Leading a Function

Managing Managers: 5 Things You Should Know

How do you get the best out of your managers? How to you get them to deliver results and develop a great team at the same time? Here are 5 things you must know.

In someways, managing managers is no different from managing individual contributors... You still need to align their goals with the goals of the organisation. You still need to know what keeps them awake at night. You still need to help them develop and give them opportunities to grow. But how do you help them to become a better manager?

 

1. Lead More. Manage Less.

One of the common mistakes I see among senior leaders is their need to manage everyone in the department. Not only does this undermine the value of the managers, it also sends the wrong message to everyone in the department. 

Yes, you are ultimately responsible for the direction and performance of your department. Yes, you do have to manage the performance of your managers. But your managers were put in place for a reason, and its your job to help them become better managers by letting them manage.

Manager's don't need someone to do their work for them... They need someone to talk to when they are having difficulties. They need guidance and counsel on issues that are new to them. They need to be given enough rope to make mistakes and learn from them.

The higher you work your way up the corporate ladder, the more important it is for your focus to change from managing to leading.

 

2. Walk the Talk.

No unlike children, most managers I have met learned how to lead from watching their managers. They pick up the good habits of their manager. They also pickup the bad habits of their manager. They learned when to support and when to shout from watching their managers.

With this in mind, you need to model the way you expect your managers to lead their teams. For example, if you want your managers to use a facilitative / coaching style with their teams, be sure that you are using a facilitative / coaching style with your managers.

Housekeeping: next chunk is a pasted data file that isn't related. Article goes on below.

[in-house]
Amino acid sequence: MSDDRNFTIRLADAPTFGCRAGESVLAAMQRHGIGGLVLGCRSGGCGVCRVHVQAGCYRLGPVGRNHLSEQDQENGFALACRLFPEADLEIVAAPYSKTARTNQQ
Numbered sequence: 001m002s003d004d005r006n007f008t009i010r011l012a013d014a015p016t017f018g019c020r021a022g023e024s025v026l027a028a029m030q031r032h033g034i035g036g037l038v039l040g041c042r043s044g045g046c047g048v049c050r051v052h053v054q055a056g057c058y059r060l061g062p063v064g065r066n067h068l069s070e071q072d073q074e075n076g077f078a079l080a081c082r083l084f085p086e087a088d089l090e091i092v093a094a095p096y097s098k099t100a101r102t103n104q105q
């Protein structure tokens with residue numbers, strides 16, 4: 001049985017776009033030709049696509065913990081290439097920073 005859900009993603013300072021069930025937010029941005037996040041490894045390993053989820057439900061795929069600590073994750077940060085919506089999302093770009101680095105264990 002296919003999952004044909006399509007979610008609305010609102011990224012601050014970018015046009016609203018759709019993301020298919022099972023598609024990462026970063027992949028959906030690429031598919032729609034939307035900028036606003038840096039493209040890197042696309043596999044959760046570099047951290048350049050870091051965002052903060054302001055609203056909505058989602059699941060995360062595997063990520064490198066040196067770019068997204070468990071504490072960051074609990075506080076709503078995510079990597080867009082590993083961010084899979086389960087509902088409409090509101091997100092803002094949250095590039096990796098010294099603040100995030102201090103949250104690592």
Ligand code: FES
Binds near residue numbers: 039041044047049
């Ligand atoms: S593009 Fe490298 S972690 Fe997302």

This is even more important with new and emerging leaders who will be struggling to come to grips with the challenges of leadership!

 

3. Commitment.

One of the things we have learned about successful departments is that the department head needs commitment from the managers, and managers need commitment from the department head.

The department head needs to understand the goals and aspirations of their managers. They need to understand what barriers are getting in the way of their managers succeeding and what's keeping them awake at night. They also need to understand where their managers need to develop. 

Likewise, the managers need to understand what's keeping the department head awake at night and what is expected of them from a performance and results perspective. They also need to understand what effort will be required. 

Understanding is one thing... Both the department head and manager need to commit to helping each other succeed, develop and grow.

 

4. Multiple Touchpoints.

Although your manager is in charge of their team, it's imperative that you maintain in contact with the entire team to better understand the challenges that each individual and the entire team is facing.

Ask your managers to schedule regular business reviews that are lead by the manager and where you participate as an ordinary member of the team. Your role in these reviews should be to facilitate thinking by asking the right questions - not to give answers!

 

5. Dialogue & Trust.

Regular dialogue and trust are the two key components that bind the above points together. You should have regular dialogue with your managers to understand what they are doing and where they need help. Preferably these dialogues should be done in a coaching manner, as this will help them to find a solution to their problems.

You need to trust your managers enough to make mistakes - this in turn will help you to earn their trust. This does not mean letting them fail, it means helping them to think about their decisions and the consequences or their actions. It means discussing why something didn't work, and helping them to think of a better way to do it in the future.

 

There you have it, 5 things you should know when it comes to managing managers. Is there anything else you think you should be doing? 

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